- September 13, 2016
Proskauer Rose LLP, New York, NY (Neil H. Abramson and Daniel
Altchek of counsel), for appellants Metropolitan
Transportation Authority and MTA-Long Island Bus.
Carnell T. Foskey, County Attorney, Mineola, NY (Robert F.
Van der Waag of counsel), for appellant Nassau County.
Beach PLLC, Pittsford, NY (Roy R. Galewski and Thomas J.
Garry of counsel), for appellant Veolia Transportation
M. Blasie, P.C., Garden City, NY, for respondents.
C. DILLON, J.P. ROBERT J. MILLER COLLEEN D. DUFFY HECTOR D.
DECISION & ORDER
proceeding pursuant to CPLR article 75 to compel arbitration,
Metropolitan Transportation Authority and MTA-Long Island Bus
appeal, and Nassau County and Veolia Transportation Services,
Inc., each separately appeal, from an order of the Supreme
Court, Nassau County (Jaeger, J.), entered October 27, 2014,
which granted the petition and directed the parties to
proceed to arbitration.
that the order is affirmed, with one bill of costs payable by
the appellants appearing separately and filing separate
in 1973, Nassau County provided bus service for the County
through an operating agreement with the MTA-Long Island Bus
(hereinafter the MTA-LIB), a subsidiary of the Metropolitan
Transportation Authority (hereinafter the MTA and, together
with the MTA-LIB, the MTA appellants). In connection with
that operating agreement, the County and the MTA appellants
received federal funds, the receipt of which required, as a
condition of the funding, that various protections be offered
to the employees of the public transportation service. These
protections were set forth in various agreements, known as
section 13(c) agreements, which included arbitration
2011, the MTA appellants terminated their bus service in the
County, and the County contracted with Veolia Transportation
Services, Inc. (hereinafter Veolia), to provide bus services.
Veolia agreed, inter alia, to be bound by the section 13(c)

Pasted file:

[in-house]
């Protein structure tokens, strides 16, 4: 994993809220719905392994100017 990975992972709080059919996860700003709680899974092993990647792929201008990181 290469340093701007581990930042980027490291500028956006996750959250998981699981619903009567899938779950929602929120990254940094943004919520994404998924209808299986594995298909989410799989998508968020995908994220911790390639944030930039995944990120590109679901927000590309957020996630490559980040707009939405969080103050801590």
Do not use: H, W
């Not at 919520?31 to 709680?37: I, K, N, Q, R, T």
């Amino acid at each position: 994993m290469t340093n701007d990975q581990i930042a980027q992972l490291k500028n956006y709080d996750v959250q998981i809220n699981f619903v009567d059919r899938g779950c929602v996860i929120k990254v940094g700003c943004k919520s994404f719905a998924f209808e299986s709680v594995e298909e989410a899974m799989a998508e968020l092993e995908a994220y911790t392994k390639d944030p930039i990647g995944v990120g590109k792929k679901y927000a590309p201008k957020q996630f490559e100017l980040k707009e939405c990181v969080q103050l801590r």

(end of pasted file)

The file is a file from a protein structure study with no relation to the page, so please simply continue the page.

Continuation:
agreements that had been entered into by the County, which
provided for arbitration of claims by the employees of the
bus service. Thereafter, the petitioners were terminated as
employees of the MTA-LIB and subsequently hired by Veolia.
The petitioners then commenced this proceeding against the
MTA, the MTA-LIB, the County, and Veolia to compel
arbitration, alleging that, as a result of moving their
employment to Veolia, they encountered negative employment
consequences that were compensable under the section 13(c)
agreements. The Supreme Court granted the petition and
directed the parties to proceed to arbitration. The MTA
appellants, the County, and Veolia separately appeal.
is a matter of contract and a party cannot be required to
submit to arbitration any dispute which he [or she] has not
agreed so to submit'" (Matter of Monarch
Consulting, Inc. v National Union Fire Ins. Co. of
Pittsburgh, PA, 26 N.Y.3d 659, 674, quoting AT&T
Technologies, Inc. v Communications Workers, 475 U.S.
643, 648). A party may not be compelled to arbitrate a
dispute unless there is evidence affirmatively establishing
that the parties clearly, explicitly, and unequivocally
agreed to arbitrate (see God's Battalion of Prayer
Pentecostal Church, Inc. v Miele Assoc., LLP, 6 N.Y.3d
371, 374; Matter of Waldron [Goddess], 61 N.Y.2d
181, 186; Matter of Town of Mount Pleasant v JJC Const.
Corp., 35 A.D.3d 869, 870; Matter of Mendel
Zilberberg & Assoc. v Rosner, 292 A.D.2d 533, 534).
the Supreme Court correctly determined that the appellants
all clearly and expressly agreed to arbitrate the claims
alleged by the petitioners pursuant to the section 13(c)
agreements and that any conditions precedent to seeking
arbitration had been satisfied (see God's Battalion
of Prayer Pentecostal Church, Inc. v Miele Assoc., LLP,
6 N.Y.3d at 374; Matter of County of Rockland [Primiano
Constr. Co.], 51 N.Y.2d 1, 12; see also Matter of
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